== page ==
South Africa's retail sector is said to be likely to increase spending on ICT (Information & Communications Technology) products and services despite the tough economic environment in the country.
This is according to new analysis by Frost & Sullivan titled "ICT Enterprise Spend in Retail, South Africa, Forecast to 2019".
According to the report, cloud-based services, managed services and mobile connectivity are expected to represent approximately $135 million (R1,8 billion) in retail ICT spend by 2019.
"The demand for lower-priced solutions within the retail sector presents IT and telecom service providers with an opportunity to differentiate their services portfolio by developing innovative usage- and value-based pricing models," said Naila Govan-Vassen, Digital Transformation Senior Industry Analyst at Frost & Sullivan.
The report further observes that the focus of ICT spend is South Africa's retail sector looks to be shifting from bigger capital expenditure to smaller operational models.
"Flexible service-level agreement (SLA) contracts, along with focus on the client's business and IT strategy, will be crucial for the service providers to increase competitiveness," added Govan-Vassen.
Some of the key growth opportunities for ICT vendors targeting the South African retails sector, as stated in the report, are:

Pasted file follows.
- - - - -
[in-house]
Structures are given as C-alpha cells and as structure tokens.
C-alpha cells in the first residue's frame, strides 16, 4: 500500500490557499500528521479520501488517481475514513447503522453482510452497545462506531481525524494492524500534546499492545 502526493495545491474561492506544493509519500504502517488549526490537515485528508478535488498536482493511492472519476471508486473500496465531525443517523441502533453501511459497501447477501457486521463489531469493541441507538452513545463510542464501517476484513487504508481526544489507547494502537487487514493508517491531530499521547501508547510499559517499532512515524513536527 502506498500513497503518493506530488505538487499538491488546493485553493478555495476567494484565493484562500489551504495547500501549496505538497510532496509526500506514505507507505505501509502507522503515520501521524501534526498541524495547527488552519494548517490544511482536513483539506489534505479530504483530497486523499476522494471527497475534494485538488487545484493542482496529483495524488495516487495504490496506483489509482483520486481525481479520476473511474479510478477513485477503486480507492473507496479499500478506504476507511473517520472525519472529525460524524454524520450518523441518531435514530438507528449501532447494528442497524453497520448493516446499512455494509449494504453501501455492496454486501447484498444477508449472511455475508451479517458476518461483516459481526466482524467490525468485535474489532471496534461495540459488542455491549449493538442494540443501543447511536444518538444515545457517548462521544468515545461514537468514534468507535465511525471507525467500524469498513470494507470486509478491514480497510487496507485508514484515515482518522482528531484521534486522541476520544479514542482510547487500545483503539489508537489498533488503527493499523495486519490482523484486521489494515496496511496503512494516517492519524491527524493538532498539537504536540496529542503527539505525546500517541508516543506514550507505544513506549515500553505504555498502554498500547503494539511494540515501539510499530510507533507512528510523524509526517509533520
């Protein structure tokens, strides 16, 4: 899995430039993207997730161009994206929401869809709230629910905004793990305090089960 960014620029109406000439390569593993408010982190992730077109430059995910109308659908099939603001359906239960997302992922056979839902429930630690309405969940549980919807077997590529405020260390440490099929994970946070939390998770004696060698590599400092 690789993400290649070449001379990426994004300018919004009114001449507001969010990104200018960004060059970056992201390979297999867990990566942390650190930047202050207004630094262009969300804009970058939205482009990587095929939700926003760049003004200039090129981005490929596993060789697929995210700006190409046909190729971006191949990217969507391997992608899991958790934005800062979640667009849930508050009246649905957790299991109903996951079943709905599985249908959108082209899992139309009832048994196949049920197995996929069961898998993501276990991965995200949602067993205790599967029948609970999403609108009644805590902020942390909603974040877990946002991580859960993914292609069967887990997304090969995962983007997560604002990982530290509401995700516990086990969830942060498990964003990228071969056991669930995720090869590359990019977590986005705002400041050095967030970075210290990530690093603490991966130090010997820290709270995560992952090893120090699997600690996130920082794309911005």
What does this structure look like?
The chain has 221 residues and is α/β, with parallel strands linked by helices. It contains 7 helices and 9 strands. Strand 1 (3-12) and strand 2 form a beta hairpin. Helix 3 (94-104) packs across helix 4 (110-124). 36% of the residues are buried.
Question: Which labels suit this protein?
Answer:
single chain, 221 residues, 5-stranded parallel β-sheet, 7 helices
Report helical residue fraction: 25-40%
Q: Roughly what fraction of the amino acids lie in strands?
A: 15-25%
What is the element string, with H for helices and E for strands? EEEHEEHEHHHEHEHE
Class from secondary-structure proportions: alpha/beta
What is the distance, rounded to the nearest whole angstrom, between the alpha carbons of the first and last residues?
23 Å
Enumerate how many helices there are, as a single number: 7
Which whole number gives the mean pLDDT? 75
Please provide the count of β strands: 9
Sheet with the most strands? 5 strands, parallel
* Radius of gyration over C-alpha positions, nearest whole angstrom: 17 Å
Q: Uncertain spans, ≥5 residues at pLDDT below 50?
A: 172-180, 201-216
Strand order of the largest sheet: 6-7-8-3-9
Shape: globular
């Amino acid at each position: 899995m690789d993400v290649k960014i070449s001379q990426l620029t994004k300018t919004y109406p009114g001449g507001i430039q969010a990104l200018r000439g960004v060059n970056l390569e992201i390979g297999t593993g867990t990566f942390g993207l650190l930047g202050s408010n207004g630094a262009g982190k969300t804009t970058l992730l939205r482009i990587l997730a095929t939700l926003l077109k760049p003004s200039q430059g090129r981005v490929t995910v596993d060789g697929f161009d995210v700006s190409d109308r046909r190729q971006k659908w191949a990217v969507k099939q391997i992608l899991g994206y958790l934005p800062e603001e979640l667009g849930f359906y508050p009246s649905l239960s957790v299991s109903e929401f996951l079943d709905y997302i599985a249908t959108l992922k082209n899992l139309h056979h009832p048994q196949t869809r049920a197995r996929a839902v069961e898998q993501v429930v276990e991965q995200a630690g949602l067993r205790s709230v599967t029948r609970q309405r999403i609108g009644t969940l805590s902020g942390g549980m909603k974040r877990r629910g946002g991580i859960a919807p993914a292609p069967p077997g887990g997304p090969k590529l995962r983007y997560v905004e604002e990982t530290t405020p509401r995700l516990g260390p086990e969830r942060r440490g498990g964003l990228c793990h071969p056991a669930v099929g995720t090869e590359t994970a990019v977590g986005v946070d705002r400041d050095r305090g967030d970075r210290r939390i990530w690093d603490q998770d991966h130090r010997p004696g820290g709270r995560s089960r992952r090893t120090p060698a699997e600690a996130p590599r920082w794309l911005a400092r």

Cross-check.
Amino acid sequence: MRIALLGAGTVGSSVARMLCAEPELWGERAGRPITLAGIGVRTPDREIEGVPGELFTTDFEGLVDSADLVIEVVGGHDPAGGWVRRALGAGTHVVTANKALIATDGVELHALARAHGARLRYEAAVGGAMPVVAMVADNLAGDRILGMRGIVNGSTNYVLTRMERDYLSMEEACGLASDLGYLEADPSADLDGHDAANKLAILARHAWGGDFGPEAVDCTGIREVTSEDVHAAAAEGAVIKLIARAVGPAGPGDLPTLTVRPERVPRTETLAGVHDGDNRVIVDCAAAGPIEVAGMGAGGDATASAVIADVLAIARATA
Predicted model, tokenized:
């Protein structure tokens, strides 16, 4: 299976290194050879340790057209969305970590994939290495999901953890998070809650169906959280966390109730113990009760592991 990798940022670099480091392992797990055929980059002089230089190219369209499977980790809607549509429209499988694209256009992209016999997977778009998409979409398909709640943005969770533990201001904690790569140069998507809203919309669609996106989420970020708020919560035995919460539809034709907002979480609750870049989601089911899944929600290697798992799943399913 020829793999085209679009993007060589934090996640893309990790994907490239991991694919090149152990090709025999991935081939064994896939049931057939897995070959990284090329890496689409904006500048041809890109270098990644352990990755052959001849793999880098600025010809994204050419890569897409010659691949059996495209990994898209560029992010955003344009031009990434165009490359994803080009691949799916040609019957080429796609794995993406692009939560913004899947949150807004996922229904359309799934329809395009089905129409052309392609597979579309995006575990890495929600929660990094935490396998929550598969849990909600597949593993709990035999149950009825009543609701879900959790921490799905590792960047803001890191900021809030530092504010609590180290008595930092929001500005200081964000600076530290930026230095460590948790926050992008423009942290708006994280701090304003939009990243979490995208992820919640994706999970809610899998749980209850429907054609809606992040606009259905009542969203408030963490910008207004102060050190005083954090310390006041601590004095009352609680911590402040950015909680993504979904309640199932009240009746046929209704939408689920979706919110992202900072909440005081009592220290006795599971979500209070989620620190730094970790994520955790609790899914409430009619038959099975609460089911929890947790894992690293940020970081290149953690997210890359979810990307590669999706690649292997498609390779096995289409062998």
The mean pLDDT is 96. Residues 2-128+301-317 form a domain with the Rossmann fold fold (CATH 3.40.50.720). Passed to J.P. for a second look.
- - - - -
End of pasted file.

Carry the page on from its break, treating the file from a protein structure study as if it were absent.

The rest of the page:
Cloud-based services as a measure to increase work effectiveness;
Workforce mobile solutions to nurture efficiency across key working groups along the value chain and ensure real-time communication;
Retail analytics focussed on developing strategies and plans that aid in mitigating stock outage and stock layout challenges, while enabling track routing systems and store optimisations.
"Although retail enterprises seek to implement IT solutions that empower employees and decision makers, reduced budgets will force them to accomplish more objectives with limited technology," concluded Govan-Vassen.
It will be interesting to measure how South African retailers spend on ICT services and products leading upbto 2019 to see if they buck the trend of other industries in South Africa where spending on ICT is declining.Share this article via: